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Fears over fracking spilling into popular culture
Mr. Cuomo, a Democrat, has for months delayed a final decision, but he reportedly is still considering a plan that would allow oil and gas companies to drill in portions of New York near the Pennsylvania border. A denial by Mr. Cuomo would represent a major defeat for the expansion of oil and gas drilling across the U.S, and opposition groups are pulling out all the stops.
“Over a number of years, we’ve been working to get some higher-profile celebrities engaged so people around the U.S. are aware of what’s going on” with fracking, Mr. Armstrong said, explaining the coordinated effort to involve celebrities in the fight against fracking. “It’s a grass-roots driven movement, but over time, that movement has reached out to mainstream institutions and celebrities and asked them to help amplify our voice and get the truth out.”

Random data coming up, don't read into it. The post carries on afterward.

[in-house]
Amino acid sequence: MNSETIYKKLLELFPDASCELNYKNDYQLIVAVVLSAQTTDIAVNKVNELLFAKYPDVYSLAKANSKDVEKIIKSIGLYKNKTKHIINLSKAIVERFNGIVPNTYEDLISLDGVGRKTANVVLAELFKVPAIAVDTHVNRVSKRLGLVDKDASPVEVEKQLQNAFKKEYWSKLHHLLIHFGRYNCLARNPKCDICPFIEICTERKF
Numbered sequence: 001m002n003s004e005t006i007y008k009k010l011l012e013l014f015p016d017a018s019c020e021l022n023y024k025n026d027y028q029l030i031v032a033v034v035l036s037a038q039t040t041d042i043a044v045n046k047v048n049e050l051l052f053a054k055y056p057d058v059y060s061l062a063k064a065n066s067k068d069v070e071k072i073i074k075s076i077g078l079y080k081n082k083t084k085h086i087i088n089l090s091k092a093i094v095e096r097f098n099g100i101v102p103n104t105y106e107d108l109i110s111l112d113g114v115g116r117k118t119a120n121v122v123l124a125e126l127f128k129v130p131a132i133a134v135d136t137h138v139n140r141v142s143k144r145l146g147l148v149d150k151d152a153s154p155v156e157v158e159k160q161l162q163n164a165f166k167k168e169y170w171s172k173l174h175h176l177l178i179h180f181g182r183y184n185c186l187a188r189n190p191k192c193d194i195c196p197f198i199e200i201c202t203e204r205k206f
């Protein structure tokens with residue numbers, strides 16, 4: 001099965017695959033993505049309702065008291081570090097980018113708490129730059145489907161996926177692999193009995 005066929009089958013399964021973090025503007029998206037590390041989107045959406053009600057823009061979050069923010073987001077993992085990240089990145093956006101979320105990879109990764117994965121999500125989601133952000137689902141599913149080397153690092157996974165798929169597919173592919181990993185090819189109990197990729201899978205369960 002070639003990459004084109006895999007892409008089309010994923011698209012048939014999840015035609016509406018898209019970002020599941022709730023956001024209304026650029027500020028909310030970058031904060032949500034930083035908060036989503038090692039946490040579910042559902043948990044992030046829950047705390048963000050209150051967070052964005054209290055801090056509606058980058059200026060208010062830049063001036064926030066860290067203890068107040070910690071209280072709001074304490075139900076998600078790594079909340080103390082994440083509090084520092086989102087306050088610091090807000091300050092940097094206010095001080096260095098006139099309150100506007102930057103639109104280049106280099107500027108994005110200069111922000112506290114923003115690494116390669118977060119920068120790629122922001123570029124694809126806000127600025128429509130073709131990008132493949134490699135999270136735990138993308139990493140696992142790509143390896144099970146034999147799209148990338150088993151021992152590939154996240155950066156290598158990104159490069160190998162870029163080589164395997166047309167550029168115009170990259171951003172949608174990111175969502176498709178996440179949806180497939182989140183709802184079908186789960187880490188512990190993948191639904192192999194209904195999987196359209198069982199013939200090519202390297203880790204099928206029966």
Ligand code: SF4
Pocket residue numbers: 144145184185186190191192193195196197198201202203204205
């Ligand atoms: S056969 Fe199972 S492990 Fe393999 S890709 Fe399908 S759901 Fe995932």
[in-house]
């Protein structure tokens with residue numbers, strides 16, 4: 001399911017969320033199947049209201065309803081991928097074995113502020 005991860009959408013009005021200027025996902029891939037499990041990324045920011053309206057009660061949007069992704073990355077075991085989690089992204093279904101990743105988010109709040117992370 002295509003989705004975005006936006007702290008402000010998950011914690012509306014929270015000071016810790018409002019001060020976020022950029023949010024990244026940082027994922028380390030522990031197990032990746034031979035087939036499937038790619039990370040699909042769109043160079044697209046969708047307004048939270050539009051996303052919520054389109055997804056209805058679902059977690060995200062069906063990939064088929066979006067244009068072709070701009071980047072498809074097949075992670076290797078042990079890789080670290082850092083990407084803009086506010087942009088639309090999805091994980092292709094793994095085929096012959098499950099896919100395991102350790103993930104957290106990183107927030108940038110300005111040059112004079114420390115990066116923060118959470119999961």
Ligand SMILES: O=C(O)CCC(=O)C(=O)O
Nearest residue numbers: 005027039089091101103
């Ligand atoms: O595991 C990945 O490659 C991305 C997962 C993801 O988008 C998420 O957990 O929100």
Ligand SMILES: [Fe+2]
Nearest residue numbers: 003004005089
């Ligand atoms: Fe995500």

The IPAA and other oil and gas industry leaders concede that public attention, partly driven by celebrity activism, is focused on fracking like never before.
“There’s certainly an uptick in Hollywood’s involvement in energy issues. Part of the reason is, [critics’] arguments don’t stand up scientifically,” Mr. Eshelman said. “They can’t win this argument based on facts and science, so they have to turn to a community that is going to listen to them. They find that with the Hollywood crowd and the entertainment community.”
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About the Author
Ben Wolfgang covers the White House for The Washington Times.
Before joining the Times in March 2011, Ben spent four years as a political reporter at the Republican-Herald in Pottsville, Pa.
He can be reached at firstname.lastname@example.org.
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